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Shark finning is the cruel practice of removing any of the fins of a shark (including the tail) and discarding the remainder of the shark at sea. Shark finning is a wasteful and abhorrent practice that is strictly prohibited within MSC certified fisheries.

The MSC Fisheries Standard requires certification bodies to assess the likelihood that any vessel in a fishery is engaged in shark finning. This is part of the scoring for both Principle 1 (sustainable stocks) and Principle 2 (minimising environmental impact).

How has our Standard changed?

The new version of the MSC Fisheries Standard includes strengthened requirements and guidance relating to shark finning.

The new requirements will increase confidence that shark finning does not take place on MSC certified fishing trips by requiring that any fishery that retains sharks, without exception, has a Fins Naturally Attached (FNA) policy in place and the policy is enforced. 

The inclusion of FNA as a mandatory policy for retained sharks follows an extensive review of the best practices already in place within fisheries to prevent shark finning.

Our new shark finning requirements also clarify our definition of a shark, which has been extended to cover all species most vulnerable to shark finning. 

Fins Naturally Attached is the only acceptable policy  

An FNA policy will now be mandatory for all fisheries that retain sharks. This policy will be required for fisheries to achieve the minimum acceptable score (SG60) for certification, with SG60 the only level under which shark finning will be scored. This means that assessors must now consider whether there is a high degree of certainty that shark finning is not taking place in a fishery as a minimum for certification. The adoption of FNA as the only acceptable policy for fisheries that retain sharks will also simplify assessments and ensure fisheries can be audited more easily.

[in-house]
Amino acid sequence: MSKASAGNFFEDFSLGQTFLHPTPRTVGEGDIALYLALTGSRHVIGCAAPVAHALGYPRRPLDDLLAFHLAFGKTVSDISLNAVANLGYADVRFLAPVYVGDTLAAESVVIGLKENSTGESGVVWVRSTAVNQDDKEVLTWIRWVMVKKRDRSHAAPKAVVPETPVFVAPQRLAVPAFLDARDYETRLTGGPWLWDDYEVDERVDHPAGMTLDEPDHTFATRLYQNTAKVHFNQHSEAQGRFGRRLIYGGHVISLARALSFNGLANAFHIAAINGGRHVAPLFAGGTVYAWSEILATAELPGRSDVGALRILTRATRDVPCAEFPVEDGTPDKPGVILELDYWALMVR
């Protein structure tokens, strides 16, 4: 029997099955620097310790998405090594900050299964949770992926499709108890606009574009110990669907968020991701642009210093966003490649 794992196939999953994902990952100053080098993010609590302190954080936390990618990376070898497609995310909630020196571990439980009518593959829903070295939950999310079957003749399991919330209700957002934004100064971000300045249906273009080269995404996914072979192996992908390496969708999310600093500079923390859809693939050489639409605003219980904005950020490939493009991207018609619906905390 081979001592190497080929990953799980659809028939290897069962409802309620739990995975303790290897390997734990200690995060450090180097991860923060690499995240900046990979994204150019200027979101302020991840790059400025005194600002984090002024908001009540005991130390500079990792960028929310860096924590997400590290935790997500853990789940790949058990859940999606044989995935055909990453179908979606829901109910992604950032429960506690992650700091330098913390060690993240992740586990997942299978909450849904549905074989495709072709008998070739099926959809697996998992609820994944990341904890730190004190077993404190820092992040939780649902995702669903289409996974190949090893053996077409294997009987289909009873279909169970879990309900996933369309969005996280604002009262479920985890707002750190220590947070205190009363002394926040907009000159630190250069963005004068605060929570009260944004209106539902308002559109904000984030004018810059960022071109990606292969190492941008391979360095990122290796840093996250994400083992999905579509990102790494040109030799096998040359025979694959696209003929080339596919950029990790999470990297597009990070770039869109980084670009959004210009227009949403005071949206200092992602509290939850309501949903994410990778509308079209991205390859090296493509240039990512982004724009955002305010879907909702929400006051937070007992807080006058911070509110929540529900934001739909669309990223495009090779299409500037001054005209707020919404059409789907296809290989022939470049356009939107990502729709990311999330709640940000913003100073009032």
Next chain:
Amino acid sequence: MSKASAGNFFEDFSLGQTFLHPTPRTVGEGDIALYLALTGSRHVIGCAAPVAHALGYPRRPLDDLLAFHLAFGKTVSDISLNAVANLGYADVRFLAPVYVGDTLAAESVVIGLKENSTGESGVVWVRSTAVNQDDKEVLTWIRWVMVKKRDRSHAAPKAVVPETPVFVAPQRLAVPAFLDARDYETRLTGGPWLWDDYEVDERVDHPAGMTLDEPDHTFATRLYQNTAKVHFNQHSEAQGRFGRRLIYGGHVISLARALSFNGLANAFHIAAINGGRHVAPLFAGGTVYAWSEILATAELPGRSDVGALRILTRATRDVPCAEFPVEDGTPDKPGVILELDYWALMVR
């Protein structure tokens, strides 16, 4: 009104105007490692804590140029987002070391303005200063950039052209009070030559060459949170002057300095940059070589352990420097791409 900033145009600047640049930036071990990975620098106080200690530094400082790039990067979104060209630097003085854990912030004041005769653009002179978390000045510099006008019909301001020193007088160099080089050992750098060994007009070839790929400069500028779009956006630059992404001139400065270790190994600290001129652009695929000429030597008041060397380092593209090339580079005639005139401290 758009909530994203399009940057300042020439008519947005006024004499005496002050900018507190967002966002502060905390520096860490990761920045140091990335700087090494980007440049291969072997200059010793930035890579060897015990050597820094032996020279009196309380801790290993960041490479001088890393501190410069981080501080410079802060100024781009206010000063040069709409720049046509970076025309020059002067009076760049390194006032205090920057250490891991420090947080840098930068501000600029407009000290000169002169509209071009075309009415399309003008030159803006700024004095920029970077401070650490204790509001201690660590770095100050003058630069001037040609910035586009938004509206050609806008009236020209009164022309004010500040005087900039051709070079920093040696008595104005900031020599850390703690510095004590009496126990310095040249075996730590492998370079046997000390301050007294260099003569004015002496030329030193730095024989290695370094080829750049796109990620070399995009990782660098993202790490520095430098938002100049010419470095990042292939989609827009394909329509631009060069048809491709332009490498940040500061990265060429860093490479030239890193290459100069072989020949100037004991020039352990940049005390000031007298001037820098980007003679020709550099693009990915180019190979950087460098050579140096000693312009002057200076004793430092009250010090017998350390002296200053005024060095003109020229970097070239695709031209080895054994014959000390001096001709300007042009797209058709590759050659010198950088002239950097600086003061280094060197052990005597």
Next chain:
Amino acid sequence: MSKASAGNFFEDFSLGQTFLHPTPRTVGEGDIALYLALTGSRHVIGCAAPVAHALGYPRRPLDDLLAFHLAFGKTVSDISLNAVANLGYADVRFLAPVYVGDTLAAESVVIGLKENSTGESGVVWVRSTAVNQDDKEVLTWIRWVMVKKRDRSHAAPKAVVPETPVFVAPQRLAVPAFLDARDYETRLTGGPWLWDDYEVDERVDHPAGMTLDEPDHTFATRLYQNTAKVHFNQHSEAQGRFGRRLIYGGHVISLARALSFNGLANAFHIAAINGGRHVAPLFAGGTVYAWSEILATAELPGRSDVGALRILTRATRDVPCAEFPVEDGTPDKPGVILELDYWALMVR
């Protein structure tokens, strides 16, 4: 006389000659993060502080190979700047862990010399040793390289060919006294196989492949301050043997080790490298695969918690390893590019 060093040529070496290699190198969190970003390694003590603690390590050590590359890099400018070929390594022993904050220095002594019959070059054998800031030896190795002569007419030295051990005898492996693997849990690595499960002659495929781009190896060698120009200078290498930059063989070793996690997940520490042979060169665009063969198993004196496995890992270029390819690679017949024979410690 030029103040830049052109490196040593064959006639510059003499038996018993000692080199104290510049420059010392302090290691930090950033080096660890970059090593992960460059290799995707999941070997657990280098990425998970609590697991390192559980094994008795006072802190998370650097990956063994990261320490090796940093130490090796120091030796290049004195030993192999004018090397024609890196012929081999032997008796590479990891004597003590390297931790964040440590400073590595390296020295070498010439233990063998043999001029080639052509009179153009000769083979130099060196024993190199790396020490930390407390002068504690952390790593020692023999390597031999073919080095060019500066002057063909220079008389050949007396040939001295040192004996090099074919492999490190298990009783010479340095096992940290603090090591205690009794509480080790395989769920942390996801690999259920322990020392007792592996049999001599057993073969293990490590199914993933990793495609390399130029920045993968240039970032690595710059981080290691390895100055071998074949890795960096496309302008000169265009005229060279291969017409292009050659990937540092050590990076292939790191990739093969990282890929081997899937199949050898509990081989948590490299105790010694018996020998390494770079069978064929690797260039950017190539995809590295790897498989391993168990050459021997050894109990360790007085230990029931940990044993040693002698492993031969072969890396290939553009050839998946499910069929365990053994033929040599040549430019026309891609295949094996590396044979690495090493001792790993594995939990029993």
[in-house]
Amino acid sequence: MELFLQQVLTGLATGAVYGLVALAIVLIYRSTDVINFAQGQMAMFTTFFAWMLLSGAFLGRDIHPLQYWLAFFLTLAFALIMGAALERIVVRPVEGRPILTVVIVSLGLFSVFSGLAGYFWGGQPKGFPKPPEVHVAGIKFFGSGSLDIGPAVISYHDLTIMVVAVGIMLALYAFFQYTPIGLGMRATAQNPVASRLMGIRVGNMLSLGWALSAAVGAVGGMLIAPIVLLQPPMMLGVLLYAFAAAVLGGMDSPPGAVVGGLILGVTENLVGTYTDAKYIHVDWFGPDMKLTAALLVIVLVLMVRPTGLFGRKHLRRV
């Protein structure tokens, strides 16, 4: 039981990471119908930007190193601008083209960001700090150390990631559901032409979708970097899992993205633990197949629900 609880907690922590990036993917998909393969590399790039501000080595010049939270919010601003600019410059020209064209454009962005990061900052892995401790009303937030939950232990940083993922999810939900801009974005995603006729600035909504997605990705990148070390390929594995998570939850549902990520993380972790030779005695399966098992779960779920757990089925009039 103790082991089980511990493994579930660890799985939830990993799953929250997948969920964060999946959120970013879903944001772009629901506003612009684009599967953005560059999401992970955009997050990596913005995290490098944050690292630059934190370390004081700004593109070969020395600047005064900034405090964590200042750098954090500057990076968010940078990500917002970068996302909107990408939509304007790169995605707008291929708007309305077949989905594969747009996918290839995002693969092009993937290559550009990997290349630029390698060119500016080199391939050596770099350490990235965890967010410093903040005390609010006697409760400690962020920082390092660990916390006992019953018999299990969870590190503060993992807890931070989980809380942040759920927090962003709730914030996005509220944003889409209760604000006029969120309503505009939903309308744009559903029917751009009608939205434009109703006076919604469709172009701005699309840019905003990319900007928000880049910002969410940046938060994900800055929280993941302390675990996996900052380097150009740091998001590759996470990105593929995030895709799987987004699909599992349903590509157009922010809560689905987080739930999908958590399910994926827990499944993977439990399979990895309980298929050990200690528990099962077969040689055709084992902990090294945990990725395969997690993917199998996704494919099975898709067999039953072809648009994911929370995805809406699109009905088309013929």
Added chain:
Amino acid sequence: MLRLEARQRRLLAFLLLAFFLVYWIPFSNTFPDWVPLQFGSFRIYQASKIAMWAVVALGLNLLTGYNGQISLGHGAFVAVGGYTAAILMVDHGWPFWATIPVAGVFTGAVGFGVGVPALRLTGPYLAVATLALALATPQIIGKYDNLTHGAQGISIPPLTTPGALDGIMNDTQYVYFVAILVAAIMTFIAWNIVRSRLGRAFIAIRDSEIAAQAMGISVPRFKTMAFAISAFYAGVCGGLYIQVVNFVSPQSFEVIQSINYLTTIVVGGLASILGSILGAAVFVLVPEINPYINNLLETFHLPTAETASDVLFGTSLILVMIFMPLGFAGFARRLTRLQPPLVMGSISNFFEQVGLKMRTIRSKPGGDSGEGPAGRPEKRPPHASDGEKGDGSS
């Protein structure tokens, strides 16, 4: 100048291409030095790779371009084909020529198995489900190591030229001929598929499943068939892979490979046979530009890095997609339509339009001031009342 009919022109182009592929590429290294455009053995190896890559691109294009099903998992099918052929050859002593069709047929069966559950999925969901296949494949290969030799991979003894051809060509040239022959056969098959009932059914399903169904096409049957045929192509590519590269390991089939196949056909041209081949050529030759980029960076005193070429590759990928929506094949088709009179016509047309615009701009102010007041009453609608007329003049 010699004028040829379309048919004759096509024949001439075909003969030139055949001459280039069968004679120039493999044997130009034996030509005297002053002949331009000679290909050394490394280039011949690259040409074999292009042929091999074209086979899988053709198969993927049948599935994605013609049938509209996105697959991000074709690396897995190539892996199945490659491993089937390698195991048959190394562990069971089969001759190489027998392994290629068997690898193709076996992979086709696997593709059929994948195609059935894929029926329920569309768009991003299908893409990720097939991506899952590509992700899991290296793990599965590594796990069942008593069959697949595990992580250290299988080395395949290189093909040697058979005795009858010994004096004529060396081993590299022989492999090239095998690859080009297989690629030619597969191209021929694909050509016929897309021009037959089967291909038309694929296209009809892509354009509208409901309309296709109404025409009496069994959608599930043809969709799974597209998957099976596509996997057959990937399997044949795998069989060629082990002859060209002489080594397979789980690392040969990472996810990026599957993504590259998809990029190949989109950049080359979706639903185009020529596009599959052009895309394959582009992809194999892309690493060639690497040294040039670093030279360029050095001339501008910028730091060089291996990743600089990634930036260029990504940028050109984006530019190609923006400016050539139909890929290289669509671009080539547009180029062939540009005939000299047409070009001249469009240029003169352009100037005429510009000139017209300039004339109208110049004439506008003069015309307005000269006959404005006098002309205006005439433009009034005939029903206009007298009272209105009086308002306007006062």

The MSC defines ‘Fins Naturally Attached’ as a policy that requires all retained sharks to be landed with their fins still attached to the carcass by prohibiting the removal of shark fins on board vessels as well as the prohibition of retaining onboard, transhipping or landing removed shark fins.  The policy is the most effective, acceptable and feasible way to address shark finning and ensures it does not occur in MSC certified fisheries.

Stronger evidence requirements to verify policies are working   

Our new evidence requirements framework will provide greater confidence that an FNA policy is being applied.  Assessors will be required to apply the Evidence Requirements Framework to evaluate the accuracy of information used to score a fishery against the shark finning requirements. This will provide increased confidence in that an FNA policy is in place. 

As part of this process, assessors must consider all evidence to confirm an FNA policy is in place and being implemented. They will assess the quality of evidence that shows the policy is widely adopted in the fishery and is being properly enforced. This includes consideration of the surveillance methods used to detect shark finning on or around a vessel, whether during the catch operation, during processing on-board or during transhipment. 

The evidence requirements framework will also be applied in cases where fisheries operate under non-retention policies (where management requires that sharks are released whole if captured). In such cases, assessors will also be applying the new evidence requirement framework, to ensure that non-retention policies are properly adopted and enforced with the same rigour as an FNA policy.